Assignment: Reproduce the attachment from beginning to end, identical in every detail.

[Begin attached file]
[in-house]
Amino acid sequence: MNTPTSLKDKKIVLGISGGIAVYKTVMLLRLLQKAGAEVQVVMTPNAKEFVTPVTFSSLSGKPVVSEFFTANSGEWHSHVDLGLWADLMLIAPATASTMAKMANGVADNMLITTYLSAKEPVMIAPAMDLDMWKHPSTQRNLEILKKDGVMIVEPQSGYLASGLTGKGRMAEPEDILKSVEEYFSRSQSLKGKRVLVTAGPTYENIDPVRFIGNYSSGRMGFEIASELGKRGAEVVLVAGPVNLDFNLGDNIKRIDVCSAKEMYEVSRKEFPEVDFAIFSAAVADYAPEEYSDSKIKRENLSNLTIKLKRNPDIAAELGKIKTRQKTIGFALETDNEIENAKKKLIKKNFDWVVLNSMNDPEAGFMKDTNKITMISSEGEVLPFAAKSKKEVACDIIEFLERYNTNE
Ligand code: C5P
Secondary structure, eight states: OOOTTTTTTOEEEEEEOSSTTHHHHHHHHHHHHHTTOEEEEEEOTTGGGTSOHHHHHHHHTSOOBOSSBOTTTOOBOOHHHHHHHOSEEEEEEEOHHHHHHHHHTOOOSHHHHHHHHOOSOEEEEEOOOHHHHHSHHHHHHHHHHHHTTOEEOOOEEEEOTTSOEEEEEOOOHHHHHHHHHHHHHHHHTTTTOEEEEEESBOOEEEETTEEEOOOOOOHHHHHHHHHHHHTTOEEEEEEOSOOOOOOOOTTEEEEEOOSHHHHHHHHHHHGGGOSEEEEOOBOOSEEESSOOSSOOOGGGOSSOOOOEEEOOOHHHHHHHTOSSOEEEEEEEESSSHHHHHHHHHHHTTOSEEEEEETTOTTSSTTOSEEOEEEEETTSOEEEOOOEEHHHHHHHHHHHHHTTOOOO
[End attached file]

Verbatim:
[in-house]
Amino acid sequence: MNTPTSLKDKKIVLGISGGIAVYKTVMLLRLLQKAGAEVQVVMTPNAKEFVTPVTFSSLSGKPVVSEFFTANSGEWHSHVDLGLWADLMLIAPATASTMAKMANGVADNMLITTYLSAKEPVMIAPAMDLDMWKHPSTQRNLEILKKDGVMIVEPQSGYLASGLTGKGRMAEPEDILKSVEEYFSRSQSLKGKRVLVTAGPTYENIDPVRFIGNYSSGRMGFEIASELGKRGAEVVLVAGPVNLDFNLGDNIKRIDVCSAKEMYEVSRKEFPEVDFAIFSAAVADYAPEEYSDSKIKRENLSNLTIKLKRNPDIAAELGKIKTRQKTIGFALETDNEIENAKKKLIKKNFDWVVLNSMNDPEAGFMKDTNKITMISSEGEVLPFAAKSKKEVACDIIEFLERYNTNE
Ligand code: C5P
Secondary structure, eight states: OOOTTTTTTOEEEEEEOSSTTHHHHHHHHHHHHHTTOEEEEEEOTTGGGTSOHHHHHHHHTSOOBOSSBOTTTOOBOOHHHHHHHOSEEEEEEEOHHHHHHHHHTOOOSHHHHHHHHOOSOEEEEEOOOHHHHHSHHHHHHHHHHHHTTOEEOOOEEEEOTTSOEEEEEOOOHHHHHHHHHHHHHHHHTTTTOEEEEEESBOOEEEETTEEEOOOOOOHHHHHHHHHHHHTTOEEEEEEOSOOOOOOOOTTEEEEEOOSHHHHHHHHHHHGGGOSEEEEOOBOOSEEESSOOSSOOOGGGOSSOOOOEEEOOOHHHHHHHTOSSOEEEEEEEESSSHHHHHHHHHHHTTOSEEEEEETTOTTSSTTOSEEOEEEEETTSOEEEOOOEEHHHHHHHHHHHHHTTOOOO